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A magnetically collimated jet from an evolved star

Overview of attention for article published in Nature, March 2006
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About this Attention Score

  • Good Attention Score compared to outputs of the same age (66th percentile)

Mentioned by

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2 Wikipedia pages

Citations

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97 Dimensions

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1 Mendeley
Title
A magnetically collimated jet from an evolved star
Published in
Nature, March 2006
DOI 10.1038/nature04466
Pubmed ID
Authors

Wouter H. T. Vlemmings, Philip J. Diamond, Hiroshi Imai

Abstract

Planetary nebulae often have asymmetric shapes, even though their progenitor stars were symmetric; this structure could be the result of collimated jets from the evolved stars before they enter the planetary nebula phase. Theoretical models have shown that magnetic fields could be the dominant source of jet-collimation in evolved stars, just as these fields are thought to collimate outflows in other astrophysical sources, such as active galactic nuclei and proto-stars. But hitherto there have been no direct observations of both the magnetic field direction and strength in any collimated jet. Here we report measurements of the polarization of water vapour masers that trace the precessing jet emanating from the asymptotic giant branch star W43A (at a distance of 2.6 kpc from the Sun), which is undergoing rapid evolution into a planetary nebula. The masers occur in two clusters at opposing tips of the jets, approximately 1,000 au from the star. We conclude from the data that the magnetic field is indeed collimating the jet.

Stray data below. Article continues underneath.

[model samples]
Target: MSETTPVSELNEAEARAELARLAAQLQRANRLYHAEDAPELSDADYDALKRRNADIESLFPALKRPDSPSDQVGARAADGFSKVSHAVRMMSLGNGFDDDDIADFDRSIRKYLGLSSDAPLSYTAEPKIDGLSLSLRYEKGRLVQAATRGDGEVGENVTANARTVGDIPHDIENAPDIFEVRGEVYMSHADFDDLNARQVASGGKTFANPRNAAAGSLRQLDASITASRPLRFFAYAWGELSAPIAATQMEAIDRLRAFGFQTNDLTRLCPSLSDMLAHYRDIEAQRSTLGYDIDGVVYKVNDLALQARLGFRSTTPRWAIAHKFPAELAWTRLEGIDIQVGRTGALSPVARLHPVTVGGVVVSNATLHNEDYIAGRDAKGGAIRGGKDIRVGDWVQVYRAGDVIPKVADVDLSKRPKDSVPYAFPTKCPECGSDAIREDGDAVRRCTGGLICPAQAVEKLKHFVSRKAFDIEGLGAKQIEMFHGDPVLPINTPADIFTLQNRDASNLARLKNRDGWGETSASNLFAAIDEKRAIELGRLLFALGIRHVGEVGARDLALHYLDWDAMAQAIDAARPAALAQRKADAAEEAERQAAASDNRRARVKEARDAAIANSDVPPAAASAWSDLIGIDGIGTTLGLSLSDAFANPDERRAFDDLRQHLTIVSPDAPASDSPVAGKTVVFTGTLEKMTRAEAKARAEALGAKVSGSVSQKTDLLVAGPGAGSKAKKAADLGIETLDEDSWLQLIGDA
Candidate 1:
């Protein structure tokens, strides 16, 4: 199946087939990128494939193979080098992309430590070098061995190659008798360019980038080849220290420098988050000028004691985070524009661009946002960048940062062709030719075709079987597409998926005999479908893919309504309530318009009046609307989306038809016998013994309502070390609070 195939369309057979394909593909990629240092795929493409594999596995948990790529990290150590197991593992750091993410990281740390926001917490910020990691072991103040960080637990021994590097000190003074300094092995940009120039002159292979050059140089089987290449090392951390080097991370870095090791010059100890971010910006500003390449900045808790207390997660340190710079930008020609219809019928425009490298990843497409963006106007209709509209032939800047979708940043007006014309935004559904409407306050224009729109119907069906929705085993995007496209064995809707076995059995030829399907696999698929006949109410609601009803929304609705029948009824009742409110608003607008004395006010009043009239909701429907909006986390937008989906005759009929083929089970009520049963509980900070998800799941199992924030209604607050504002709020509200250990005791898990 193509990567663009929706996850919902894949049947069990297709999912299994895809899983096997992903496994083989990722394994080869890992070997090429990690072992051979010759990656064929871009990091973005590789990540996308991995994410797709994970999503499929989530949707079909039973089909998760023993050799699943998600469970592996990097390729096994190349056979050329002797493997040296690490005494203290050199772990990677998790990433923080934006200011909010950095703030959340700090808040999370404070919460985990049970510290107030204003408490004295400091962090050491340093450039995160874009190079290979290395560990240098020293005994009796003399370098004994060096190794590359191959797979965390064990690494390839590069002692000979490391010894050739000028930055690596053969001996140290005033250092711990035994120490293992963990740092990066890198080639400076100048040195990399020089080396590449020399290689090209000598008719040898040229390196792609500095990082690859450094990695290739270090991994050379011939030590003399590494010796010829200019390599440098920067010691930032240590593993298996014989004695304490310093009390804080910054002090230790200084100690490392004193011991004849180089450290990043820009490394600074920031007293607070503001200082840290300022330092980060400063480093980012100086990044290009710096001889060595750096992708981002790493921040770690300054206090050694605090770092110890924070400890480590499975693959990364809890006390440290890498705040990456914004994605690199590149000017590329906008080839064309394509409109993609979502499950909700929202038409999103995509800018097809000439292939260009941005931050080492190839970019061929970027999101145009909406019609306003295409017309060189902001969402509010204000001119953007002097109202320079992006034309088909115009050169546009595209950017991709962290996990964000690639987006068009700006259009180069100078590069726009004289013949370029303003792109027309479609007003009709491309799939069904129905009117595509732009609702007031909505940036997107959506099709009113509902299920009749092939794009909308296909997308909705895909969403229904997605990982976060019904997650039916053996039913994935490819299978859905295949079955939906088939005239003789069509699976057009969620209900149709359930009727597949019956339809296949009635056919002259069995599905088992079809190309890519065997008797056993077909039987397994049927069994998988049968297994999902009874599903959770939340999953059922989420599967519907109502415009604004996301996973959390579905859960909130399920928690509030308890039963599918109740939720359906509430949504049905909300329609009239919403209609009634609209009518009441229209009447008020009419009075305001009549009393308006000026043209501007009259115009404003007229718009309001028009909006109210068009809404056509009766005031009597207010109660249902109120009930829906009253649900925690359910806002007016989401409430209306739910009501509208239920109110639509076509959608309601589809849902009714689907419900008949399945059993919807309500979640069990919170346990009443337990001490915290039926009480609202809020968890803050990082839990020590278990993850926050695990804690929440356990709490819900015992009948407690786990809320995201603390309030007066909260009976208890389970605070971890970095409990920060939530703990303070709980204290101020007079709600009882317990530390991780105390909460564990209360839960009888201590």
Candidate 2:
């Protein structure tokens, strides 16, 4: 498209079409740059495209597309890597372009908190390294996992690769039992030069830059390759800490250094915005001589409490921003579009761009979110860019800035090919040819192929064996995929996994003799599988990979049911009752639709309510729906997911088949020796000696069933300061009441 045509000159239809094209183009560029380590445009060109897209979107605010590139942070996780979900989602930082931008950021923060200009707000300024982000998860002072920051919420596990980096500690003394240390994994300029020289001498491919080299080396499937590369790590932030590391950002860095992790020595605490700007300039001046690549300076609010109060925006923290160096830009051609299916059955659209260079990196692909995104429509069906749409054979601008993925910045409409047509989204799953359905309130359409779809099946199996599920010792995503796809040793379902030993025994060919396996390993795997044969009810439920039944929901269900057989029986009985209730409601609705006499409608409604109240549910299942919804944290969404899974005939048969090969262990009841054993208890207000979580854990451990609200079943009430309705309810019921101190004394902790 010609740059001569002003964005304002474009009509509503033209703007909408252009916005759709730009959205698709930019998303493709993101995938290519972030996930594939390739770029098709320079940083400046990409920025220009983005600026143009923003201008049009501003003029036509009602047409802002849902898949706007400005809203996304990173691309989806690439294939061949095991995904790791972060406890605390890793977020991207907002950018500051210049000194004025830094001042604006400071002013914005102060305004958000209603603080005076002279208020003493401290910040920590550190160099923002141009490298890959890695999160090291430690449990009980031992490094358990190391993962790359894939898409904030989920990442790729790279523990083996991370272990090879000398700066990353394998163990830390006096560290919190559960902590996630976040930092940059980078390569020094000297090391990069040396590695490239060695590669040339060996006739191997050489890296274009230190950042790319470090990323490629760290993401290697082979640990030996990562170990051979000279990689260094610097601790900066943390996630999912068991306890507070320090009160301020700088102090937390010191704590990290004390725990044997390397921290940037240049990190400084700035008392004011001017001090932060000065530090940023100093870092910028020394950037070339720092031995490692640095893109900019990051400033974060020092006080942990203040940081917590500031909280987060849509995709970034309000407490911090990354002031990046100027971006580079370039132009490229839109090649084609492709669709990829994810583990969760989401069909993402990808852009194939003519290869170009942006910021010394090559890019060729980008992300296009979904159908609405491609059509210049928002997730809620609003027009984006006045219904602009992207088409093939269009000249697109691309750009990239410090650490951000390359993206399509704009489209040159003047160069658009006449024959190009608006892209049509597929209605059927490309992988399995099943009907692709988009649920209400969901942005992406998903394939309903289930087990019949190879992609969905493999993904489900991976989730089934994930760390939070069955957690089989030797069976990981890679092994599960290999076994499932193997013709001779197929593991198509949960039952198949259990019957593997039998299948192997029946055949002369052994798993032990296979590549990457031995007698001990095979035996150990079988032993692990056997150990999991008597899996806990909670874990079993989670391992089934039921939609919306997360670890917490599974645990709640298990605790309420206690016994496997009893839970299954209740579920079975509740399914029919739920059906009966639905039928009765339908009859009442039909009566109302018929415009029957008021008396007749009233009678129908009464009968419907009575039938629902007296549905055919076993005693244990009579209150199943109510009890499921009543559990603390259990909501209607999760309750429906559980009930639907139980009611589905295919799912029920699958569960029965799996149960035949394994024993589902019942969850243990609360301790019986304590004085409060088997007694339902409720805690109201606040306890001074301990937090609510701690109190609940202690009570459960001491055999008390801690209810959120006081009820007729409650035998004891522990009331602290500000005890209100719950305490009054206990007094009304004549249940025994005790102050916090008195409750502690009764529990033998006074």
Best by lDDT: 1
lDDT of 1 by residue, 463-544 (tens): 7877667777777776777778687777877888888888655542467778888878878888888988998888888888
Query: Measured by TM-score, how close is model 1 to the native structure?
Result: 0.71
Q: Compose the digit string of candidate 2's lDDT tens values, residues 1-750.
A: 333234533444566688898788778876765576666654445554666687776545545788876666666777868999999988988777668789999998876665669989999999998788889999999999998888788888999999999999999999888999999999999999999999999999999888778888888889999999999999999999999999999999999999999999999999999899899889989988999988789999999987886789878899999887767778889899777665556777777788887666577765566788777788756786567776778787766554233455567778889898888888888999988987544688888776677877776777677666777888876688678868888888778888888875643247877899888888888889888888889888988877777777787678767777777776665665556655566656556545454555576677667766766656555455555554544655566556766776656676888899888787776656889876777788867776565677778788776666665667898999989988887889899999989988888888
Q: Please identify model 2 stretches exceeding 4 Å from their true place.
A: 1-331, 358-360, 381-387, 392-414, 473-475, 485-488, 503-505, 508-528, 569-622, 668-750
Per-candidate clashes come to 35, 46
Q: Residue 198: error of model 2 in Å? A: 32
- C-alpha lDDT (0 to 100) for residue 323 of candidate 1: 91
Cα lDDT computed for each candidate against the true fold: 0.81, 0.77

Mendeley readers

The data shown below were compiled from readership statistics for 1 Mendeley reader of this research output. Click here to see the associated Mendeley record.

Geographical breakdown

Country Count As %
Unknown 1 100%

Demographic breakdown

Readers by professional status Count As %
Other 1 100%
Readers by discipline Count As %
Biochemistry, Genetics and Molecular Biology 1 100%

Attention Score in Context

This research output has an Altmetric Attention Score of 3. This is our high-level measure of the quality and quantity of online attention that it has received. This Attention Score, as well as the ranking and number of research outputs shown below, was calculated when the research output was last mentioned on 07 April 2015.
All research outputs
#3,548,135
of 12,344,714 outputs
Outputs from Nature
#45,401
of 64,723 outputs
Outputs of similar age
#78,898
of 266,459 outputs
Outputs of similar age from Nature
#825
of 872 outputs
Altmetric has tracked 12,344,714 research outputs across all sources so far. This one is in the 49th percentile – i.e., 49% of other outputs scored the same or lower than it.
So far Altmetric has tracked 64,723 research outputs from this source. They typically receive a lot more attention than average, with a mean Attention Score of 71.8. This one is in the 10th percentile – i.e., 10% of its peers scored the same or lower than it.
Older research outputs will score higher simply because they've had more time to accumulate mentions. To account for age we can compare this Altmetric Attention Score to the 266,459 tracked outputs that were published within six weeks on either side of this one in any source. This one has gotten more attention than average, scoring higher than 66% of its contemporaries.
We're also able to compare this research output to 872 others from the same source and published within six weeks on either side of this one. This one is in the 4th percentile – i.e., 4% of its contemporaries scored the same or lower than it.